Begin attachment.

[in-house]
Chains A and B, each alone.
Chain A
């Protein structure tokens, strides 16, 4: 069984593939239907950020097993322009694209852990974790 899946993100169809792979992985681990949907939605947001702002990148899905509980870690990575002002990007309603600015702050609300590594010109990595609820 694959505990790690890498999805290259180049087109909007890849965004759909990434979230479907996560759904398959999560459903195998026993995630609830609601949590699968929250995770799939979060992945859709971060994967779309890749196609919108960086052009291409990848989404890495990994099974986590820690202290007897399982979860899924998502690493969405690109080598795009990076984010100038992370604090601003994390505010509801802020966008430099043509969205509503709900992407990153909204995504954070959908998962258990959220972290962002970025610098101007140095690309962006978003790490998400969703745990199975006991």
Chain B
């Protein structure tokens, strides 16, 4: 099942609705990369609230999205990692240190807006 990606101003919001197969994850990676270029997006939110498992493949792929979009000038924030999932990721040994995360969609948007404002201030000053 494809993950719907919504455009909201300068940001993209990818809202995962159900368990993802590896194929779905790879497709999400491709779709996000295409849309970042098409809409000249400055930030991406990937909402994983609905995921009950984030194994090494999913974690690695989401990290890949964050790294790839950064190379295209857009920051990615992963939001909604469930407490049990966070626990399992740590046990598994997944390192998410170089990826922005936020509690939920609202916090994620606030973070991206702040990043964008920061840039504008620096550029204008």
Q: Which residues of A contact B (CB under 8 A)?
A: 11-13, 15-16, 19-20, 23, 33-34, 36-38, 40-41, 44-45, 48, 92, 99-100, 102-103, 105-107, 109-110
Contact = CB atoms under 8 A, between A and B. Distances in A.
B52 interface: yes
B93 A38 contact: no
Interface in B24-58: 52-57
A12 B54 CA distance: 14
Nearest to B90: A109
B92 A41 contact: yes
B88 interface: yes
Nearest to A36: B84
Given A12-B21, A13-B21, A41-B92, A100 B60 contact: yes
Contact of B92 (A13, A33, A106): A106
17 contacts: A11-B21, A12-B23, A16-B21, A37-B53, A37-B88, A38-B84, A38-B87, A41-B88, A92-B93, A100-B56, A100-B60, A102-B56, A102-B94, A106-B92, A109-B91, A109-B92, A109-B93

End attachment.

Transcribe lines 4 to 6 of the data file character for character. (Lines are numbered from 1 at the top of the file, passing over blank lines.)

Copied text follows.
């Protein structure tokens, strides 16, 4: 069984593939239907950020097993322009694209852990974790 899946993100169809792979992985681990949907939605947001702002990148899905509980870690990575002002990007309603600015702050609300590594010109990595609820 694959505990790690890498999805290259180049087109909007890849965004759909990434979230479907996560759904398959999560459903195998026993995630609830609601949590699968929250995770799939979060992945859709971060994967779309890749196609919108960086052009291409990848989404890495990994099974986590820690202290007897399982979860899924998502690493969405690109080598795009990076984010100038992370604090601003994390505010509801802020966008430099043509969205509503709900992407990153909204995504954070959908998962258990959220972290962002970025610098101007140095690309962006978003790490998400969703745990199975006991």
Chain B
């Protein structure tokens, strides 16, 4: 099942609705990369609230999205990692240190807006 990606101003919001197969994850990676270029997006939110498992493949792929979009000038924030999932990721040994995360969609948007404002201030000053 494809993950719907919504455009909201300068940001993209990818809202995962159900368990993802590896194929779905790879497709999400491709779709996000295409849309970042098409809409000249400055930030991406990937909402994983609905995921009950984030194994090494999913974690690695989401990290890949964050790294790839950064190379295209857009920051990615992963939001909604469930407490049990966070626990399992740590046990598994997944390192998410170089990826922005936020509690939920609202916090994620606030973070991206702040990043964008920061840039504008620096550029204008």